Hybrid-electric commercial planes could be a reality if Airbus, Rolls-Royce, and Siemens are successful. The three companies recently teamed up to work on the E-Fan X technology demonstrator that could hit the skies in around three years.


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Siemens, Airbus, and Rolls-Royce announced their collaboration recently at the Royal Aeronautical Society in London. They’ll come together to create what they call a near-term flight demonstrator that could fly in 2020. Out of four gas turbine engines on the aircraft, one will be replaced with a two-megawatt electric motor, and they’ll work towards switching out a second.

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Each company has a role to play: Airbus is in charge of overall integration and control architecture for the batteries and hybrid-electric propulsion system. Rolls-Royce is in charge of the two-megawatt generator, power electronics, and turbo-shaft engine. And Siemens will provide the two-megawatt electric motors and a power control unit – and an inverter, power distribution system, and DC/DC converter.

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According to an Airbus press release on the project, “The E-Fan X demonstrator will explore the challenges of high-power propulsion systems, such as thermal effects, electric thrust management, altitude and dynamic effects on electric systems and electromagnetic compatibility issues. The objective is to push and mature the technology, performance, safety, and reliability enabling quick progress on the hybrid-electric technology.”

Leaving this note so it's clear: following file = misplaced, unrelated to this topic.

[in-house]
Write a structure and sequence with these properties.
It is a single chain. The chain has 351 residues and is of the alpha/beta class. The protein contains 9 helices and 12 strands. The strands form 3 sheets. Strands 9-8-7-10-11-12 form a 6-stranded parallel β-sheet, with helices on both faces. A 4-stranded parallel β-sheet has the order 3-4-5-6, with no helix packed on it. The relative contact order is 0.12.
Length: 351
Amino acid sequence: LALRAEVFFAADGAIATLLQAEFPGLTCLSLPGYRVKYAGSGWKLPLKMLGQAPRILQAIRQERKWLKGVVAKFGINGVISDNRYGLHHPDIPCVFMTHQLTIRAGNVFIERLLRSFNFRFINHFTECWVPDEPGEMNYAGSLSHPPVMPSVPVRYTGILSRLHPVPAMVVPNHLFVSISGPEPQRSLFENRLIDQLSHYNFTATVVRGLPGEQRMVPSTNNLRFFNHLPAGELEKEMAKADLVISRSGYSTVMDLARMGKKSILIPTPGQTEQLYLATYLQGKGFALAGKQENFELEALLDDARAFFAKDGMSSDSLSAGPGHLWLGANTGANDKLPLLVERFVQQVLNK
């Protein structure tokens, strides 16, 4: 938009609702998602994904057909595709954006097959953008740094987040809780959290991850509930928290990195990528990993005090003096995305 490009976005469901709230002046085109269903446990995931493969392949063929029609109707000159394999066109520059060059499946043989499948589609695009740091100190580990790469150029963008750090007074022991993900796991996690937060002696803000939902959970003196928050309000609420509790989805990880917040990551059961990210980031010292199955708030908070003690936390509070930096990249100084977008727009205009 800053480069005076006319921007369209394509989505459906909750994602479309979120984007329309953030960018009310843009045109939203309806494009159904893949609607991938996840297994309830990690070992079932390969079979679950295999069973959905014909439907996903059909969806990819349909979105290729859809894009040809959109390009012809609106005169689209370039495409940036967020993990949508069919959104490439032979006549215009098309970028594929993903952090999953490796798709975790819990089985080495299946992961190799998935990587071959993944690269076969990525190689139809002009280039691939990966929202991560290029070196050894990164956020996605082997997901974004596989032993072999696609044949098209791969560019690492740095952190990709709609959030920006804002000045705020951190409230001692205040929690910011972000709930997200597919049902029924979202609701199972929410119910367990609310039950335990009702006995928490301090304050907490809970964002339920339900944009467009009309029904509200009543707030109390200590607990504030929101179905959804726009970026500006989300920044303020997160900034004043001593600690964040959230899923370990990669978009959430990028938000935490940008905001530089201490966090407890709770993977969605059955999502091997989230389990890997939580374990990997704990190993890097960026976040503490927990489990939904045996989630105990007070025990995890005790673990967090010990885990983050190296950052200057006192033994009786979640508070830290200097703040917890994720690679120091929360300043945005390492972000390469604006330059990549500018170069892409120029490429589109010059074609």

The companies said some of the major challenges facing the aviation sector are lowering dependence on fossil fuels and boosting efficiency. They’re working to meet the European Commission’s Flightpath 2050 Vision for Aviation, which entails a 75 percent and 90 percent reduction of carbon dioxide and nitrogen oxide, respectively, as well as slashing noise by 65 percent. Airbus said existing technologies cannot achieve these targets, so the companies are pursuing alternatives like electrification. The statement said, “Electric and hybrid-electric propulsion are seen today as among the most promising technologies for addressing these challenges.”

Via Airbus

Images via Airbus